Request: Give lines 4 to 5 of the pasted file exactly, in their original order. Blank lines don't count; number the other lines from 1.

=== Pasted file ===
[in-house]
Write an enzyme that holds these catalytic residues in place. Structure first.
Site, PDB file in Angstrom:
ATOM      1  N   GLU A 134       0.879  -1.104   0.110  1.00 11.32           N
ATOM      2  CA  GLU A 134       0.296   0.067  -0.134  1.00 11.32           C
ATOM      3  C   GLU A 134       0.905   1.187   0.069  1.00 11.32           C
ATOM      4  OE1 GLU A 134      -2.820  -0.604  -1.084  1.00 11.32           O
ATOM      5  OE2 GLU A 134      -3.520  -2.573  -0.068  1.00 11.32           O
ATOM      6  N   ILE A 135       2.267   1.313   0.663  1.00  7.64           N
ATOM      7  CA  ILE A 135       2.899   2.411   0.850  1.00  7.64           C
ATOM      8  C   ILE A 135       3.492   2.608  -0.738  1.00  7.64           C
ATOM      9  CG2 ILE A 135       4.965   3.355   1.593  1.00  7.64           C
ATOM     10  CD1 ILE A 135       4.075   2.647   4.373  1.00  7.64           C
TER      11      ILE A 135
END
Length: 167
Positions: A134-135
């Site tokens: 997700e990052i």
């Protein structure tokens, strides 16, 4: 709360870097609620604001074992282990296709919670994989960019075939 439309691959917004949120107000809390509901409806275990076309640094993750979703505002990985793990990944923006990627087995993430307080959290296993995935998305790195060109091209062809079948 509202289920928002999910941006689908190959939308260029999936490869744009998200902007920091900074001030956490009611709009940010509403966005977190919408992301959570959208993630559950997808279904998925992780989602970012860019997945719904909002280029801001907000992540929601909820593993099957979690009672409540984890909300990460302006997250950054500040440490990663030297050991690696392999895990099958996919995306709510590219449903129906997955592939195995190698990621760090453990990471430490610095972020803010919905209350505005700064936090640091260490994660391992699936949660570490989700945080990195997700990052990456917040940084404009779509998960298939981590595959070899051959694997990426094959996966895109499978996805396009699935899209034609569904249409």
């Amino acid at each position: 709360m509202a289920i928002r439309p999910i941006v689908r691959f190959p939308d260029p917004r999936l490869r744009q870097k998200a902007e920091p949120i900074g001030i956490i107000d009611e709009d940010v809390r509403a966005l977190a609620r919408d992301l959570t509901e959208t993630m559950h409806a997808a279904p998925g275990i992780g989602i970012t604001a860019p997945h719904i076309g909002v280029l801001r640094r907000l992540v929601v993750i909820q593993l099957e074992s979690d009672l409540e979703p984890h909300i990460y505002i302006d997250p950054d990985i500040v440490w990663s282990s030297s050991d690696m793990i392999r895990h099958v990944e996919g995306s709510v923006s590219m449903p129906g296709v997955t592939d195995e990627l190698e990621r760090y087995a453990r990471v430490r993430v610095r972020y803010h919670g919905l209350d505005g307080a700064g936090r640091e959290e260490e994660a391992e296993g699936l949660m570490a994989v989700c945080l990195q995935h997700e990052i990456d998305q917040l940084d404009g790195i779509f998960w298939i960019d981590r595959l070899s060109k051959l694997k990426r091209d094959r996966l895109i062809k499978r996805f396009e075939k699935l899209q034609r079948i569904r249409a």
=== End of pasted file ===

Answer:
ATOM      1  N   GLU A 134       0.879  -1.104   0.110  1.00 11.32           N
ATOM      2  CA  GLU A 134       0.296   0.067  -0.134  1.00 11.32           C